Sometimes I got a good hold, but in many cases I had veritably to cling by m_ails. The strain was almost too much for my strength, and when I had bee_limbing for five minutes, and there still remained as much of the wall ahead, I began to despair of ever getting to the top. But I was not to be beaten; an_emembering how much depended upon my getting into the city, I dragged mysel_earily on, and at last crawled on to the summit. When I reached it I coul_ee the city spread out on the other side. A little to the left of where _tood was the place, to be for ever sacred in my eyes, where I had propose_o, and been accepted by, my sweetheart, while away to the right was tha_uarter of the town where at that moment she was in all probability asleep, and, I hoped, dreaming of me. As soon as, I recovered my breath I crossed th_all and descended by the steps on the other side.
I had scarcely reached the bottom before a man rose from a dark corner an_onfronted me. In the half light I could see that he was a Chinese soldie_rmed with a long spear. Telling him in a whisper, in answer to his inquiry, that I was a friend, I pressed the money that Nikola had given me for tha_urpose into his not unwilling hand, and as soon as he drew back, astonishe_t my munificence, sped past him and darted down the nearest street.
From the place where I had passed the sentry to the thoroughfare where Yo_aoyeh resided was a distance of about half a mile, and to reach it quickly i_as necessary that I should pass the Benfleets' abode. You may imagine wha_houghts occupied my brain as I stood in the silent street and regarded it.
Under that roof was sleeping the one woman who was all the world to me. _ould have given anything I possessed for five minutes' conversation with her; but as that was impossible I turned on my heel and made my way through a by- lane into the street I had been sent to find. The house was not a big one, an_t first glance did not strike me very favourably. But the style of buildin_id not matter if I found there the man I wanted. I knocked upon th_oor—which I discovered was heavily barred—but for some minutes got n_esponse; then, just as I was beginning to wonder in what way I could bes_anage to attract the attention of those inside, I heard a patter of bare fee_n the stone passage, and after much fumbling the door was opened and a ma_ppeared before me. One glance told me that he was not the person I wanted. _nquired if Yoo Laoyeh were at home, but from the answer I received I gathere_hat he had gone out earlier in the evening, and that he was probably at _eighbouring house playing _fan-tan._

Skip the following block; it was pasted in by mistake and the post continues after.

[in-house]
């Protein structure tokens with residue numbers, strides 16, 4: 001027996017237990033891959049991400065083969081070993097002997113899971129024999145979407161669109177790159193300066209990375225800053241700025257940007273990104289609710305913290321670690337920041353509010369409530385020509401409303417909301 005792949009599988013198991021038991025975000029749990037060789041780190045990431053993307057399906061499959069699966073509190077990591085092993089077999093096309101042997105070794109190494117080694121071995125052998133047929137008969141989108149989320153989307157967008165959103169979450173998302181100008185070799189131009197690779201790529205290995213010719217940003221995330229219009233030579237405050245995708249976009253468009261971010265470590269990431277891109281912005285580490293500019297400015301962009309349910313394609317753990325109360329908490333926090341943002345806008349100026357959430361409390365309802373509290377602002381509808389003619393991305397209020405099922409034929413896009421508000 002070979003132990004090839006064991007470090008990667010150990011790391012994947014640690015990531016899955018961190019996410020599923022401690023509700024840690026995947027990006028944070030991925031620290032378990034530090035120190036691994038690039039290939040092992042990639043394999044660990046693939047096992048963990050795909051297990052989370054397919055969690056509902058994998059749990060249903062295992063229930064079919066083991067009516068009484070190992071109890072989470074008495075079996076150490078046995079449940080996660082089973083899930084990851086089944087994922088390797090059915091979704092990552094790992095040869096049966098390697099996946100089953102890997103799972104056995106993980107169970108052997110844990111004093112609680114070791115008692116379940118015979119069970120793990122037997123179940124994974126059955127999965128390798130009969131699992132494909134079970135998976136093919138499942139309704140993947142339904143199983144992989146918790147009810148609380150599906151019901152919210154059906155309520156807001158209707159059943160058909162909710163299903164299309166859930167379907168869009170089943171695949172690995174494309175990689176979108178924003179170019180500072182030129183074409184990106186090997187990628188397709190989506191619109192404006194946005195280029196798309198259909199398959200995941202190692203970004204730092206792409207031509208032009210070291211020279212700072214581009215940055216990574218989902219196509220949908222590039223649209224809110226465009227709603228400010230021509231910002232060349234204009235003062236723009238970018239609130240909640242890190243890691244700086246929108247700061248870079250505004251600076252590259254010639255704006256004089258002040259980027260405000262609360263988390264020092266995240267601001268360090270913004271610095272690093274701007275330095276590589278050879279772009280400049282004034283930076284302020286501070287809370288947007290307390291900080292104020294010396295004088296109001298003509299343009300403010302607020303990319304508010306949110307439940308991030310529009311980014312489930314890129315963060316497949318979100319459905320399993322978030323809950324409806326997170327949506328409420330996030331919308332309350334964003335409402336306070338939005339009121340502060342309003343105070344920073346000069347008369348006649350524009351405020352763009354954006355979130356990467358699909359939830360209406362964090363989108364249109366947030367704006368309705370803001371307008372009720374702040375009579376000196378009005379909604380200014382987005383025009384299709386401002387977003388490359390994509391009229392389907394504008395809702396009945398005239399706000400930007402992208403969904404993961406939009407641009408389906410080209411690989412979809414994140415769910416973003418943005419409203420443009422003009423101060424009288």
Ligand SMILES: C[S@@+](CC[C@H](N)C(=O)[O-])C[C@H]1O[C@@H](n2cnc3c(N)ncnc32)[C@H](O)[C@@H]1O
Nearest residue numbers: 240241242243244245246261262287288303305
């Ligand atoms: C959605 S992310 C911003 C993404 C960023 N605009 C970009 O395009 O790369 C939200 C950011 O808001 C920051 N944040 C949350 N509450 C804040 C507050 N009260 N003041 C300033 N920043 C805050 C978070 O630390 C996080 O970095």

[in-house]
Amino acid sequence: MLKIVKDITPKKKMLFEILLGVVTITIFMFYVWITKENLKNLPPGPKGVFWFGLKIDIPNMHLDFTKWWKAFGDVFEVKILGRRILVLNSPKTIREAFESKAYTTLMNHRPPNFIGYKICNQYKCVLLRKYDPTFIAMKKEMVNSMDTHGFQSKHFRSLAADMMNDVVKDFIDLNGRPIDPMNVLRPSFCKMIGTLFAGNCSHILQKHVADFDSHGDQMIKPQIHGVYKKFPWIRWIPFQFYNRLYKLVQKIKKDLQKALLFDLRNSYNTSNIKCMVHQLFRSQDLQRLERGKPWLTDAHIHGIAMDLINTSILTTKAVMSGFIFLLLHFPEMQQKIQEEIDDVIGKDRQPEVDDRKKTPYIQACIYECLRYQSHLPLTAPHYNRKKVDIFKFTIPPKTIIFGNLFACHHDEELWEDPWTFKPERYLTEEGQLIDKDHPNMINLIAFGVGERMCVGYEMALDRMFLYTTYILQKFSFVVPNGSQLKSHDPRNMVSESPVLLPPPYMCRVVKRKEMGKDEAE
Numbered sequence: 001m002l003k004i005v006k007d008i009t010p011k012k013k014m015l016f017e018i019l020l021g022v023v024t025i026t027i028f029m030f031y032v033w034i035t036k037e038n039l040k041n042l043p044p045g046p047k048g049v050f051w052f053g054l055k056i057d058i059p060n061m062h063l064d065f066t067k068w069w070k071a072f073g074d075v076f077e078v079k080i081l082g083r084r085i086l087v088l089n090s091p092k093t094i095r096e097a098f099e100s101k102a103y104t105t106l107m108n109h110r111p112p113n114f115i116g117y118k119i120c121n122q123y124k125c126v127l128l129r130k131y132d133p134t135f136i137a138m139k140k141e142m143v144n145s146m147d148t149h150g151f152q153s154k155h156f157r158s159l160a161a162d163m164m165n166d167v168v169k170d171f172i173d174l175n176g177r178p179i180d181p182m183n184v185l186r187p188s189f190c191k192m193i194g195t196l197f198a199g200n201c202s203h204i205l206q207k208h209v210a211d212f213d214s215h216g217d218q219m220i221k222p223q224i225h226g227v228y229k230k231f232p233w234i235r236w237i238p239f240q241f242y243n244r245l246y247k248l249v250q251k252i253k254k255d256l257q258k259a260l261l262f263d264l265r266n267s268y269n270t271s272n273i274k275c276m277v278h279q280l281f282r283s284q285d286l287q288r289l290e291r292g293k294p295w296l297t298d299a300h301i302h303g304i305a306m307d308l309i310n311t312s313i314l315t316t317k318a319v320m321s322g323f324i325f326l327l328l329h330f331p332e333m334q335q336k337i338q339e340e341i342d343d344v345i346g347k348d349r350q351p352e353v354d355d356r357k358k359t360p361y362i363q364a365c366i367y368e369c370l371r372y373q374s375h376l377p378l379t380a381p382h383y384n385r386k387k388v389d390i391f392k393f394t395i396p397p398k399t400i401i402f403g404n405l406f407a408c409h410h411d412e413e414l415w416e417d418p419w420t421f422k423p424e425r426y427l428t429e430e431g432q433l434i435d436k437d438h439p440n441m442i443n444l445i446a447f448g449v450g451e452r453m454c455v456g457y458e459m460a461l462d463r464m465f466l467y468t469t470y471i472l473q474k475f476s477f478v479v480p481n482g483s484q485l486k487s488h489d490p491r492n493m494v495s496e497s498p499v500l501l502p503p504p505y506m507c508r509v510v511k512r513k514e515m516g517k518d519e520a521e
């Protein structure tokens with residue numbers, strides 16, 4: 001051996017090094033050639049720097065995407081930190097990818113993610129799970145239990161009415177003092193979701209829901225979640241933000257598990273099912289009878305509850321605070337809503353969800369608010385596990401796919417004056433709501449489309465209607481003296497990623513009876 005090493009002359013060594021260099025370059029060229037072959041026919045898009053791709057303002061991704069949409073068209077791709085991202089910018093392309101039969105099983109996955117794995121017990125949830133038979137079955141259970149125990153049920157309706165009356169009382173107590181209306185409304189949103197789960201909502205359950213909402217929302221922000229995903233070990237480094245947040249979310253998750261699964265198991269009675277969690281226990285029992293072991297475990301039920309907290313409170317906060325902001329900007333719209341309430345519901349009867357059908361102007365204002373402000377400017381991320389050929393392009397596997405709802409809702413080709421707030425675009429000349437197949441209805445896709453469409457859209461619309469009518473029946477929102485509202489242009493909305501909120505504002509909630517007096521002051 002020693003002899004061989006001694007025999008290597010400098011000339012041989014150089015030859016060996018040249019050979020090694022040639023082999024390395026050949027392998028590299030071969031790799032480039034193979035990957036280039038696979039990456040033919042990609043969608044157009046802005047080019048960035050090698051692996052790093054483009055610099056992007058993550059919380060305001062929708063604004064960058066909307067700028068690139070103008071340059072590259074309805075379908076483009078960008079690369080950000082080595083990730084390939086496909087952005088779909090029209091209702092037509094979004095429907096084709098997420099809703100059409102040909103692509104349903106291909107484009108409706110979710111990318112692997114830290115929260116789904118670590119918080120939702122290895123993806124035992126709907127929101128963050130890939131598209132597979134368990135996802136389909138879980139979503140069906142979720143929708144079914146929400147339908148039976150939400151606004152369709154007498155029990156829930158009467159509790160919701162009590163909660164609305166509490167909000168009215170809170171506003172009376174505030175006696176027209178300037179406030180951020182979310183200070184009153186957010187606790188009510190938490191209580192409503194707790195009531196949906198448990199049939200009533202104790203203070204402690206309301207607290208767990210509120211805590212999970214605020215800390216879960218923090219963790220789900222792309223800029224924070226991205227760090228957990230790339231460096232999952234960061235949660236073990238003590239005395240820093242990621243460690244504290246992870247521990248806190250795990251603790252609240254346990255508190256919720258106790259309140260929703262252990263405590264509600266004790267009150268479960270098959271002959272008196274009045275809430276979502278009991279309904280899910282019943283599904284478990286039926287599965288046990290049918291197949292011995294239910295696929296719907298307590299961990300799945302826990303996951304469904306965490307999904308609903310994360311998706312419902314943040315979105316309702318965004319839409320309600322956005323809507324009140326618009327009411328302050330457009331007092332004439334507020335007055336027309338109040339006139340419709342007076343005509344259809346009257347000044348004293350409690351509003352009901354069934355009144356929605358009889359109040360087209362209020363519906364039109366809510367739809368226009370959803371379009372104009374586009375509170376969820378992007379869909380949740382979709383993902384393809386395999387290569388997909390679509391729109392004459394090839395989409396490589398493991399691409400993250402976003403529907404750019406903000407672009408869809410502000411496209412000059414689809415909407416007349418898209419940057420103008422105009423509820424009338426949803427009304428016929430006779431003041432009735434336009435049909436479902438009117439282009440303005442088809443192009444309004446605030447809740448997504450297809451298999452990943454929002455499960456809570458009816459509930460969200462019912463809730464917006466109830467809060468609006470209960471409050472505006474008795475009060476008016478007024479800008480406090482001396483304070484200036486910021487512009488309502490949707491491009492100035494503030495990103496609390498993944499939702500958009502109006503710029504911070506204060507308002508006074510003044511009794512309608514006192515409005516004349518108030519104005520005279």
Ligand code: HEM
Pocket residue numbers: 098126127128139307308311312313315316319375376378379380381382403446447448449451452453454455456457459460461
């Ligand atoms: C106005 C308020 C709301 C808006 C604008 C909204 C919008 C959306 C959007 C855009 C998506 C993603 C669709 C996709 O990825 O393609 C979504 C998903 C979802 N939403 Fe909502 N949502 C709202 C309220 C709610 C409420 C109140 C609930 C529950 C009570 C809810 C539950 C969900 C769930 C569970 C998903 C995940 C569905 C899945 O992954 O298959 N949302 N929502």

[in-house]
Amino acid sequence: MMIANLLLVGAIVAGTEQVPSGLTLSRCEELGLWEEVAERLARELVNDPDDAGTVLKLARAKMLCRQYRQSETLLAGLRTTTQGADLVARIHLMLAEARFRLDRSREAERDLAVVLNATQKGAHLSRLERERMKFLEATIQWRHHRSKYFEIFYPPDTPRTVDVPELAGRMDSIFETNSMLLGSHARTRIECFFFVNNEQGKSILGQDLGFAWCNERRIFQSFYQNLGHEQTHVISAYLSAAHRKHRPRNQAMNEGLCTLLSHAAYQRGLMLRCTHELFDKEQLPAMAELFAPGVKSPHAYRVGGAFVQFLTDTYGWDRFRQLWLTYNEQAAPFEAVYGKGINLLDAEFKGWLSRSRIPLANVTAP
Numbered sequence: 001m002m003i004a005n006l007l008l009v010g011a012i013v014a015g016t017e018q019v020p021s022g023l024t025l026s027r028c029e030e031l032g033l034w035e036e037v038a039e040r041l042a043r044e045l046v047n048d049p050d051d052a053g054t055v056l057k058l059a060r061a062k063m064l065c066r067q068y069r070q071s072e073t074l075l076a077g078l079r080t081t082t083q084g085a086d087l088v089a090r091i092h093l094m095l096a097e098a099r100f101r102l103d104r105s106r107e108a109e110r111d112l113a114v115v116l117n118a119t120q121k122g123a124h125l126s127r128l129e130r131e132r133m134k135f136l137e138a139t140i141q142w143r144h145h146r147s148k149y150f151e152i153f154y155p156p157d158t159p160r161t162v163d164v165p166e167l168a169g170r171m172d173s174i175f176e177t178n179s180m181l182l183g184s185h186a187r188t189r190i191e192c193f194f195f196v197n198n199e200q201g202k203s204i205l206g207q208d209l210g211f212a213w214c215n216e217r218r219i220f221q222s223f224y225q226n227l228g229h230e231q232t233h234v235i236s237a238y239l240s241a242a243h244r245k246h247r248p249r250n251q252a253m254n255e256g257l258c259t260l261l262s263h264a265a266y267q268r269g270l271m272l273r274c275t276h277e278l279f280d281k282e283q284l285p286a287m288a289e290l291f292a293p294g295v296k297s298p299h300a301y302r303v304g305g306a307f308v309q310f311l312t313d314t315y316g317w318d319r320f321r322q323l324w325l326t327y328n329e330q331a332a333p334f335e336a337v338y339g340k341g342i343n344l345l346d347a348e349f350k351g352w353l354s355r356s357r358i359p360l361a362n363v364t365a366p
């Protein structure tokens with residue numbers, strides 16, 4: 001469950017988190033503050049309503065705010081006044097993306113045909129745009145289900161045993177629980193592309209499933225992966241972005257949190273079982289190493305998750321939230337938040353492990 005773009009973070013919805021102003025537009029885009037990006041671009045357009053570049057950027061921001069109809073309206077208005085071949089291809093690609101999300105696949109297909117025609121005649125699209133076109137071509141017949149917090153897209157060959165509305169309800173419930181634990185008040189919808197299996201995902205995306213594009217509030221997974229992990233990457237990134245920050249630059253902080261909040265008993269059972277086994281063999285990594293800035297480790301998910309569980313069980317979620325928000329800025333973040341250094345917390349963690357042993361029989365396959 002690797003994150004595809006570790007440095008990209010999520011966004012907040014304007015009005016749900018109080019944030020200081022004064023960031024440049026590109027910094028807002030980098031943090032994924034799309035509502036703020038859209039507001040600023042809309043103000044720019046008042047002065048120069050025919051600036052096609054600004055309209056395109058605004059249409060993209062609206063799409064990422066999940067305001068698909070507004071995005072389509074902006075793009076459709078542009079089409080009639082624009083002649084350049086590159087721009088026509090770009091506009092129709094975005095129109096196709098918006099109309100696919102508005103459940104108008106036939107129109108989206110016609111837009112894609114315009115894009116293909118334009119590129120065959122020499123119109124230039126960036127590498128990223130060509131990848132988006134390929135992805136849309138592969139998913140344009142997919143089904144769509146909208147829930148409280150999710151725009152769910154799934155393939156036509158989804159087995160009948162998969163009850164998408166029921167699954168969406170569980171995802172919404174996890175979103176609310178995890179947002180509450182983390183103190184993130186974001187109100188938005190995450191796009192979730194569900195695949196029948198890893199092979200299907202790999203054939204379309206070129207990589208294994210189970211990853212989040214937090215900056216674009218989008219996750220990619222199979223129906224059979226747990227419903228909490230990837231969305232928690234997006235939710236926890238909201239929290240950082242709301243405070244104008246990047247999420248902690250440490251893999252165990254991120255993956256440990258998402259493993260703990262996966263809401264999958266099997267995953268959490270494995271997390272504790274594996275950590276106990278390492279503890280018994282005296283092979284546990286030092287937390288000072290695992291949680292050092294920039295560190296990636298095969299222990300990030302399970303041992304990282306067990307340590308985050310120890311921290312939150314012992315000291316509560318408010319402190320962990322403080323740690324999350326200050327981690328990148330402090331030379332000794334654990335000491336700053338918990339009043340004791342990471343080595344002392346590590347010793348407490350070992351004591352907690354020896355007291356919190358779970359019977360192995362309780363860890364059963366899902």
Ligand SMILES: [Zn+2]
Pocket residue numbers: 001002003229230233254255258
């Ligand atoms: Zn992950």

Having asked the man if he would take me to him, and at the same time offerin_im a considerable bribe to do so, I was immediately conducted into the stree_gain, down one by-lane, up another, and finally brought to a standstil_efore one of the largest houses in that quarter. My guide was evidently wel_nown, for when the door was opened the keeper did not attempt to bar ou_assage, but permitted us to pass through to a fair-sized room at the back.
Here quite thirty Chinamen were busily engaged upon their favourite pastime, but though we scanned the rows of faces, the man for whom we were searchin_as not among the number. As soon as we were convinced of this fact we lef_hat room and proceeded to another, where the same game was also being carrie_n. Once more, however, we were doomed to disappointment; Laoyeh was not ther_ither.
Being anxious to obtain some news of him my guide interrogated one of th_layers, who remembered having seen our man about an hour before. He imagine_e had then gone into the room we had first visited. We returned there an_ade further inquiries, only to elicit the fact that he had been seen to leav_he house about half an hour before our arrival.
"Have no fear. I will find him for you," said my companion, and we thereupo_roceeded down the passage, past the doorkeeper, into the street again. Onc_ore we took up the chase, trying first one house and then another, to brin_p eventually in an opium den a little behind the English Legation. The oute_oom, or that nearest the street, was filled with customers, but our man wa_ot among them. The inner room was not quite so crowded, and here, after al_ur searching, we discovered the man we wanted. But there was this drawback, he had smoked his usual number of pipes and was now fast asleep.